BANGOR, Maine — Surveillance cameras at a Bangor Hydro-Electric Co. substation recently caught two men scoping out the property, and company officials — who believe the men plan to return and steal copper wire — asked the public Tuesday for help in identifying them.
One of the men broke into the substation about 6 p.m. Aug. 30 and can be seen on camera checking out several large rolls of electrical wire. Hydro would not specify which station was the target, but said it was in the Bangor area.
That “leads us to believe that that individual was intending to come back,” John Greaves, Bangor Hydro safety officer, said at a news conference Tuesday. “The value of copper continues to be high and Bangor Hydro-Electric Co. has experienced sporadic break-ins at several high-voltage electrical substations during the past several years.”
Tampering with substations and high-voltage equipment is very dangerous, he said.
“From our experience, most thieves don’t understand the hazards behind stealing electrical wire,” Greaves said. “It could result in injury to themselves, up to and including death and electrocution.”
In addition to dangers faced by those trying to steal copper, employees who use equipment that is compromised also face hazards, said Gerry Chasse, Bangor Hydro’s executive vice president of operations. Damaged materials must be repaired or replaced, which in the long run costs customers money, he said.
“It behooves all of us, from a cost and liability perspective, to prevent this type of theft from happening,” he said.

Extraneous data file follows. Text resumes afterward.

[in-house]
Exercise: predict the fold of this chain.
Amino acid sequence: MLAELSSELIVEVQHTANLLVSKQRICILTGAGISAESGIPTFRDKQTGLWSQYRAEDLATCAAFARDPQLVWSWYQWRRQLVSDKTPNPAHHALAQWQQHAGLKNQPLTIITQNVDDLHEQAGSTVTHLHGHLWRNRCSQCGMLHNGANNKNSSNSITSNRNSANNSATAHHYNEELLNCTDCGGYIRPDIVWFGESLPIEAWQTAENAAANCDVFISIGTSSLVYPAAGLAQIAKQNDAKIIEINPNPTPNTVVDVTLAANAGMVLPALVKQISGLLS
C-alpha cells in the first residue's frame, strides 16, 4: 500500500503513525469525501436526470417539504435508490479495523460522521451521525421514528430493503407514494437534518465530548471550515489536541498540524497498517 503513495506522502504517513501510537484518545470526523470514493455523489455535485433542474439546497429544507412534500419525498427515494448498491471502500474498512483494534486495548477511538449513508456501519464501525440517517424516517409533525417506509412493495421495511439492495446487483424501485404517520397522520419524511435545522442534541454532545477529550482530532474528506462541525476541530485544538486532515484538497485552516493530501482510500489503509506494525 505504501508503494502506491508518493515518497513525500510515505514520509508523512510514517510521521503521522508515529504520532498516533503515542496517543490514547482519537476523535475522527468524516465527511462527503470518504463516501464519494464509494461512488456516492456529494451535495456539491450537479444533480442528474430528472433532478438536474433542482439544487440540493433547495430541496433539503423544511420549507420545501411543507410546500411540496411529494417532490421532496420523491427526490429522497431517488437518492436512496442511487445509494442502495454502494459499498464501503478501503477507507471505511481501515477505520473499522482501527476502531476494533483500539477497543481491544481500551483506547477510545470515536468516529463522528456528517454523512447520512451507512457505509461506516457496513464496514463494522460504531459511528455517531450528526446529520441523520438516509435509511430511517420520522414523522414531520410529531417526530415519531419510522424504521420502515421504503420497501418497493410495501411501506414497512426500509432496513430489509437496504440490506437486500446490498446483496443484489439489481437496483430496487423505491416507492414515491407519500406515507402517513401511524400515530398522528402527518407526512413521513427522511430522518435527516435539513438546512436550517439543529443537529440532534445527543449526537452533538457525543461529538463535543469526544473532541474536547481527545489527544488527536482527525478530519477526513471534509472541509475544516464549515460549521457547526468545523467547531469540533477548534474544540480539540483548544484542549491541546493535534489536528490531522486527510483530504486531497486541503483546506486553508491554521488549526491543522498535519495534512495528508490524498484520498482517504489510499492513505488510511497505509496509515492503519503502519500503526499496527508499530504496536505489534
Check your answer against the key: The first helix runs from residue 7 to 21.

To address the rise in copper theft, Bangor Hydro has increased surveillance and patrol inspections of its substations in recent years and installed surveillance equipment at select locations.
“We just want to get the message out that we can see you,” Bangor Hydro spokeswoman Susan Faloon said Tuesday.
While no copper wire was stolen during the Aug. 30 break-in, those involved could face criminal trespass and criminal mischief charges, said Sgt. William Sheehan of the Penobscot County Sheriff’s Department.
“We’re requesting that anyone with knowledge about the identity of the suspects please contact our agency,” he said.
The man who broke into the Bangor-area substation was described at a white male of average height, muscular and with tattoos, Faloon said. It appears he recently had a haircut, because the sides of his head were shaven, while the top was short but spiky, she said.
Those with information about any suspicious activity concerning any Bangor Hydro substations can call the Penobscot County Sheriff’s Department at 947-4585.